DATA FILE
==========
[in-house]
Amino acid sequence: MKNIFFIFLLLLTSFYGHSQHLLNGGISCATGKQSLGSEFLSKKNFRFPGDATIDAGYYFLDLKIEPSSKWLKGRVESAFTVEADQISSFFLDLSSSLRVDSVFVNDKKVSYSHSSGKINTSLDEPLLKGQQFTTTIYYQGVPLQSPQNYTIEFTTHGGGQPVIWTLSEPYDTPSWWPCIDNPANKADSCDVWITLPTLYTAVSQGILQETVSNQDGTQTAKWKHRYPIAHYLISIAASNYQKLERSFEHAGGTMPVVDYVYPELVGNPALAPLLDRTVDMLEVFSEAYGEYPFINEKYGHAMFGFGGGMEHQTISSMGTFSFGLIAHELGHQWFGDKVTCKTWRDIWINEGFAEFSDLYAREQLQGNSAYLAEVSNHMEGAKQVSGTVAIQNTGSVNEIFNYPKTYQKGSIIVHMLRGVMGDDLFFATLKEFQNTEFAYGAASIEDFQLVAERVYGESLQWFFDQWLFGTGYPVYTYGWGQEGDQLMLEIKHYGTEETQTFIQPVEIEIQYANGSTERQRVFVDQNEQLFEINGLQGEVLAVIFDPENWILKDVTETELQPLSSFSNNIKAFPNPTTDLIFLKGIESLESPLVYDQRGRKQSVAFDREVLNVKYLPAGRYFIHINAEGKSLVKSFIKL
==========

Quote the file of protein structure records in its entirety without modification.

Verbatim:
[in-house]
Amino acid sequence: MKNIFFIFLLLLTSFYGHSQHLLNGGISCATGKQSLGSEFLSKKNFRFPGDATIDAGYYFLDLKIEPSSKWLKGRVESAFTVEADQISSFFLDLSSSLRVDSVFVNDKKVSYSHSSGKINTSLDEPLLKGQQFTTTIYYQGVPLQSPQNYTIEFTTHGGGQPVIWTLSEPYDTPSWWPCIDNPANKADSCDVWITLPTLYTAVSQGILQETVSNQDGTQTAKWKHRYPIAHYLISIAASNYQKLERSFEHAGGTMPVVDYVYPELVGNPALAPLLDRTVDMLEVFSEAYGEYPFINEKYGHAMFGFGGGMEHQTISSMGTFSFGLIAHELGHQWFGDKVTCKTWRDIWINEGFAEFSDLYAREQLQGNSAYLAEVSNHMEGAKQVSGTVAIQNTGSVNEIFNYPKTYQKGSIIVHMLRGVMGDDLFFATLKEFQNTEFAYGAASIEDFQLVAERVYGESLQWFFDQWLFGTGYPVYTYGWGQEGDQLMLEIKHYGTEETQTFIQPVEIEIQYANGSTERQRVFVDQNEQLFEINGLQGEVLAVIFDPENWILKDVTETELQPLSSFSNNIKAFPNPTTDLIFLKGIESLESPLVYDQRGRKQSVAFDREVLNVKYLPAGRYFIHINAEGKSLVKSFIKL